THE PUN might be old, but there is certainly a revolution brewing in the beer industry. For far too long, we have been served beers with as much character as our politicians.
THE PUN might be old, but there is certainly a revolution brewing in the beer industry. For far too long, we have been served beers with as much character as our politicians. Take any big beer brand and chances are it’s a light lager with little semblance to taste. But don’t worry, as 95% of the world drinks these and finds nothing wrong with them.
Technically speaking, there is nothing wrong with them. Fresh and crisp, they deliver what they promise, which is a lot more than I can say for the state of our politics. But trouble is, there is a tiny percentage, which expects more from their beers. Call it some recessive human gene, which has been a part of us ever since beer was perhaps first made—most likely 9000 BC, though documentation puts it only as far back as 1800 BC—but dates aside, this gene makes us cringe at the idea of a brew that doesn’t carry the taste of the tide of the times it has flown through. In other words, each sip should link us with our ancestors, connecting us to them through a tactile tether, tasting now what they may have then. Commercial lagers aren’t built for this. To truly seep yourself in beer that will envelop you in taste, you need to try the products of a micro brewery.
Bengaluru has a lovely beer culture, so much so that when they call it the ‘Garden City’, I cheekily prefix ‘beer’ to it. Mumbai isn’t too bad either. Mostly because people there generally have a sense of taste and a tasteful sense of how to spend their money. And then there’s Delhi, or rather NCR. This is because Delhi is too primitive to even allow the idea of a micro brewery to thrive. Gurgaon kickstarted things almost a decade ago. Rockman’s arrived on the scene and made very good beer way too early.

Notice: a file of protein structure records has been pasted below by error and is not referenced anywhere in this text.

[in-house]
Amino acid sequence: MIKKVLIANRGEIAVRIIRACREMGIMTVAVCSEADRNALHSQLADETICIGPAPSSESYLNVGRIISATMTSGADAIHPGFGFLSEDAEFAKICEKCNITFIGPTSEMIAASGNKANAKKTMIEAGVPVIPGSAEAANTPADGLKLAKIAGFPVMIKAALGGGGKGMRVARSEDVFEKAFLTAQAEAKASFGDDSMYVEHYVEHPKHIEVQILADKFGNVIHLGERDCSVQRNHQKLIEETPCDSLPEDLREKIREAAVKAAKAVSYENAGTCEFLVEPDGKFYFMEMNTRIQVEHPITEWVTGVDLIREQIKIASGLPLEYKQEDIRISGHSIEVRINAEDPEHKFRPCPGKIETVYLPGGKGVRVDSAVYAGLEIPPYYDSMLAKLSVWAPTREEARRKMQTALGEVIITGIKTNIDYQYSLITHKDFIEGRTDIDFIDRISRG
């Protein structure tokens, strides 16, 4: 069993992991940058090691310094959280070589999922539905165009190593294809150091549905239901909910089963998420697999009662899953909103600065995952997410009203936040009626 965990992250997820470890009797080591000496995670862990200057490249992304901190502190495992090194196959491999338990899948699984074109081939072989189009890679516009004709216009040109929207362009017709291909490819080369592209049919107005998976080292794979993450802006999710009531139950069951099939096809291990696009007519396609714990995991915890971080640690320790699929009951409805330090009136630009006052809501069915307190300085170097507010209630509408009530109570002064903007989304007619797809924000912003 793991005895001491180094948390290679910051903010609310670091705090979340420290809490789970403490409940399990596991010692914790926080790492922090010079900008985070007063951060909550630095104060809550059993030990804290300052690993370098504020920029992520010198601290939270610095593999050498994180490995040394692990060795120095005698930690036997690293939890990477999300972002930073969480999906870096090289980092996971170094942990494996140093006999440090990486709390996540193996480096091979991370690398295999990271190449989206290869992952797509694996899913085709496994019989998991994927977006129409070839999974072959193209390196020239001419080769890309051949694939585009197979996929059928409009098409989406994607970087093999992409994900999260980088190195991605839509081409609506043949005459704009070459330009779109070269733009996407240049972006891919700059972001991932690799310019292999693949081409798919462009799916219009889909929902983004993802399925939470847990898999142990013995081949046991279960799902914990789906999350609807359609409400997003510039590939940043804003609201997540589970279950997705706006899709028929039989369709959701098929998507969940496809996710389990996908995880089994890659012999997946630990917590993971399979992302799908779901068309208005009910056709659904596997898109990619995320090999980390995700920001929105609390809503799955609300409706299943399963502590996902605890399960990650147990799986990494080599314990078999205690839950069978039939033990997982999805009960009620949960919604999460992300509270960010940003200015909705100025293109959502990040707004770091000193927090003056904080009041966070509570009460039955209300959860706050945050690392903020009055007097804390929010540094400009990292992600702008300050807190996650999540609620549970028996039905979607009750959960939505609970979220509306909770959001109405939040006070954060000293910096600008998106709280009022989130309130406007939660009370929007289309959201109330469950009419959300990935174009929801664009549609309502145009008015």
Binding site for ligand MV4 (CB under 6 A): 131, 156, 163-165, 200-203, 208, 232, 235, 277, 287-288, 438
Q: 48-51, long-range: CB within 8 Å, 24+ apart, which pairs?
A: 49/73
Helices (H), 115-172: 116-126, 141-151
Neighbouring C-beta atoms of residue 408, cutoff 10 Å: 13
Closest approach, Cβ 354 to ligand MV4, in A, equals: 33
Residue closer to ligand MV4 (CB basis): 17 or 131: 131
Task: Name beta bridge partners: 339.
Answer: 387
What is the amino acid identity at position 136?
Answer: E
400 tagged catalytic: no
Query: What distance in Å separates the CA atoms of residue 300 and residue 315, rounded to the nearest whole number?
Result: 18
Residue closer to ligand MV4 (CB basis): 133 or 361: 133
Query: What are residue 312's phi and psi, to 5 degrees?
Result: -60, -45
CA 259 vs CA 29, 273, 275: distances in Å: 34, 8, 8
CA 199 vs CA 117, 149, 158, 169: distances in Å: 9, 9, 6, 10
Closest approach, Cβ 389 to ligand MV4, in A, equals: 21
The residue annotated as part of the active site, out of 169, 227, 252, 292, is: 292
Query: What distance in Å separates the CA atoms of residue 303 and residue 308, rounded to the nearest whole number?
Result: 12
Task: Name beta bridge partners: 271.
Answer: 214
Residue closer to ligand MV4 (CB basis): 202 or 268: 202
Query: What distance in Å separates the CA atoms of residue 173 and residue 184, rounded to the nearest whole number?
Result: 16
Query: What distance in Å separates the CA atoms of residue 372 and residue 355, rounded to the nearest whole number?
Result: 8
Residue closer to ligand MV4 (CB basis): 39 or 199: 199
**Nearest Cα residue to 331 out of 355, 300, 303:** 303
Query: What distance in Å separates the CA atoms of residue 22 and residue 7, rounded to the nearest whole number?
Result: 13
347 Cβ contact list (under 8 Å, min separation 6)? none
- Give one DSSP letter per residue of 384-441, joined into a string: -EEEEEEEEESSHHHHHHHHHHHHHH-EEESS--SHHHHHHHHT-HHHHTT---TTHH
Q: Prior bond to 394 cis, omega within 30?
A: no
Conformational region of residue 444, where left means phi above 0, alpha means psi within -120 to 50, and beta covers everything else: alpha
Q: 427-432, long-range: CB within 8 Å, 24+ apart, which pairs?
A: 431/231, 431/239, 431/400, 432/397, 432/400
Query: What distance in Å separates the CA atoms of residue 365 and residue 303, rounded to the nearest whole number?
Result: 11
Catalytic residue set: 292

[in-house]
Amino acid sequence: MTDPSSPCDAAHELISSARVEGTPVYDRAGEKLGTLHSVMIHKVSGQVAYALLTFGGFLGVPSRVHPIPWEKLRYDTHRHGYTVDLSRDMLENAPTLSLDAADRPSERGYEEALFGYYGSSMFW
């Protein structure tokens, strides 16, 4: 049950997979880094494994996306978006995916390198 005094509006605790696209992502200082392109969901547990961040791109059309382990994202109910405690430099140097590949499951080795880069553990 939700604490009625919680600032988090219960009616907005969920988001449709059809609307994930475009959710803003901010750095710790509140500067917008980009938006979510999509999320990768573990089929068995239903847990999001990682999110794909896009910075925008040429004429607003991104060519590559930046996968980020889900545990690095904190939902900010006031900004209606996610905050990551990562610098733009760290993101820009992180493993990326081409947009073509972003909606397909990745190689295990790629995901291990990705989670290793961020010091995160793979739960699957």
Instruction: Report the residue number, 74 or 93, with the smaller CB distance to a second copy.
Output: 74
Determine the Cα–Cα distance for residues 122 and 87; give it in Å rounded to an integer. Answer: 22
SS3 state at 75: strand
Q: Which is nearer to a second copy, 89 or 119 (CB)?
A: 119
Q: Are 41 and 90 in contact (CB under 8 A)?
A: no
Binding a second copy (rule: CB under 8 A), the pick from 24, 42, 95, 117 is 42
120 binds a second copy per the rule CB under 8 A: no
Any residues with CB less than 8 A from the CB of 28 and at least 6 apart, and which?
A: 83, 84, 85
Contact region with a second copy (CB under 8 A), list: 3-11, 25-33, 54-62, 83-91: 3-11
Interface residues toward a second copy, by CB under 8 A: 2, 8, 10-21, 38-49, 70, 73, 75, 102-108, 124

For a city which is the butt of jokes for its lack of taste and height of ignorance, pale ales and bocks weren’t going to go down easy. So the plethora of micro breweries that followed named their beers lagers, ales and wits, but it was all rancid frothy ferment in slightly different hues, all of which tasted like soap suds. Any resemblance to a true lager or ale was purely coincidental. And these breweries knew that, for why else would they run full bars replete with whiskies and vodkas? Either way, a culture died—rather murdered—before it was even born.
Thankfully, someone somewhere actually did enjoy a good pint and didn’t run away from incorporating all the myriad hues of a true brew into their offerings. Without naming any breweries (okay, it’s Quaff), there is finally decent beer to be had. An IPA that doesn’t shy away from bitterness and now a limited-batch Saison (French for ‘season’, trust them to fancy up any word!) with hibiscus hints. A lovely quaffable style with spices and florals, I enjoyed the inaugural pint and will surely go back for more, and soon—200 litres is not much. But people who have been frequenting all the micro-plonk bars will never like it, so only more for the rest of us.
This was a collaborative effort between Bangalore Brew Crew, and Quaff and Lagom breweries in Gurgaon, two places that appreciate a good pint in a sea of 20-something where brewers probably sniff glue for aromatic inspiration. The only downside is that the new brew is called Ekta, which is a terrible name for a beer, acceptable only if the saintly Alok Nath were pulling the pints.
Meanwhile, in Delhi, we contend ourselves with average beers. I keep hearing of a pending micro-brewery policy, but from what I can gather, it’ll be prohibitively expensive and brewers will have to stick to insipid beers in order to fill the place up to meet costs. Save for the mercy of imported beers like Erdinger, Paulaner, Hoegaarden and the latest, Hobgoblin, a hearty and lush ruby ale from the UK (recently launched at a rather fun ‘mischief-themed’ party), which we can buy and drink at home, we have little else to comfort ourselves with at the moment.
The writer is a sommelier